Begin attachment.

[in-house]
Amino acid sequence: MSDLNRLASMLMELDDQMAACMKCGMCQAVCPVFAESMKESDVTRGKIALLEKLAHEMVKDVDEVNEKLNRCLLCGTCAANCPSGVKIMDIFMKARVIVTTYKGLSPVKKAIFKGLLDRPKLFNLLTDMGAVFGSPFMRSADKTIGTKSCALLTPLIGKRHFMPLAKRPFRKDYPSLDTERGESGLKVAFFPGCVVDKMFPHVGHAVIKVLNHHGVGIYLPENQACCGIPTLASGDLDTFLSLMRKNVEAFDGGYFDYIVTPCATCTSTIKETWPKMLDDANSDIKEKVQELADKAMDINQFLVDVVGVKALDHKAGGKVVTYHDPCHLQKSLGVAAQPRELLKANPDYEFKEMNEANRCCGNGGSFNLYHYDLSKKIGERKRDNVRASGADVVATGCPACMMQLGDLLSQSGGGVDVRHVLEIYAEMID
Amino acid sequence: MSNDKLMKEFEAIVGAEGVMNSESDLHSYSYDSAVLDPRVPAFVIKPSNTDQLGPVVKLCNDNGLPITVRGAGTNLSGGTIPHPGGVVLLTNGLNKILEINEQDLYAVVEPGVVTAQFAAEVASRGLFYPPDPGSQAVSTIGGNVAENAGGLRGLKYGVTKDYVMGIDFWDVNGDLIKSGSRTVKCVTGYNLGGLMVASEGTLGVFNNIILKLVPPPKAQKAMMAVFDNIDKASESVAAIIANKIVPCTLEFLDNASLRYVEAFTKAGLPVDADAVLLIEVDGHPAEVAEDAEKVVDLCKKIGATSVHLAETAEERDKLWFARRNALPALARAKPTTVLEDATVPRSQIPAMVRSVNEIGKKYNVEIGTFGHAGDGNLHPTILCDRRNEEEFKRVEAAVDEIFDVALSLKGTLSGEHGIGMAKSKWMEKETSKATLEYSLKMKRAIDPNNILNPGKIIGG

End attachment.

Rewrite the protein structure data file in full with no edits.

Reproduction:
[in-house]
Amino acid sequence: MSDLNRLASMLMELDDQMAACMKCGMCQAVCPVFAESMKESDVTRGKIALLEKLAHEMVKDVDEVNEKLNRCLLCGTCAANCPSGVKIMDIFMKARVIVTTYKGLSPVKKAIFKGLLDRPKLFNLLTDMGAVFGSPFMRSADKTIGTKSCALLTPLIGKRHFMPLAKRPFRKDYPSLDTERGESGLKVAFFPGCVVDKMFPHVGHAVIKVLNHHGVGIYLPENQACCGIPTLASGDLDTFLSLMRKNVEAFDGGYFDYIVTPCATCTSTIKETWPKMLDDANSDIKEKVQELADKAMDINQFLVDVVGVKALDHKAGGKVVTYHDPCHLQKSLGVAAQPRELLKANPDYEFKEMNEANRCCGNGGSFNLYHYDLSKKIGERKRDNVRASGADVVATGCPACMMQLGDLLSQSGGGVDVRHVLEIYAEMID
Amino acid sequence: MSNDKLMKEFEAIVGAEGVMNSESDLHSYSYDSAVLDPRVPAFVIKPSNTDQLGPVVKLCNDNGLPITVRGAGTNLSGGTIPHPGGVVLLTNGLNKILEINEQDLYAVVEPGVVTAQFAAEVASRGLFYPPDPGSQAVSTIGGNVAENAGGLRGLKYGVTKDYVMGIDFWDVNGDLIKSGSRTVKCVTGYNLGGLMVASEGTLGVFNNIILKLVPPPKAQKAMMAVFDNIDKASESVAAIIANKIVPCTLEFLDNASLRYVEAFTKAGLPVDADAVLLIEVDGHPAEVAEDAEKVVDLCKKIGATSVHLAETAEERDKLWFARRNALPALARAKPTTVLEDATVPRSQIPAMVRSVNEIGKKYNVEIGTFGHAGDGNLHPTILCDRRNEEEFKRVEAAVDEIFDVALSLKGTLSGEHGIGMAKSKWMEKETSKATLEYSLKMKRAIDPNNILNPGKIIGG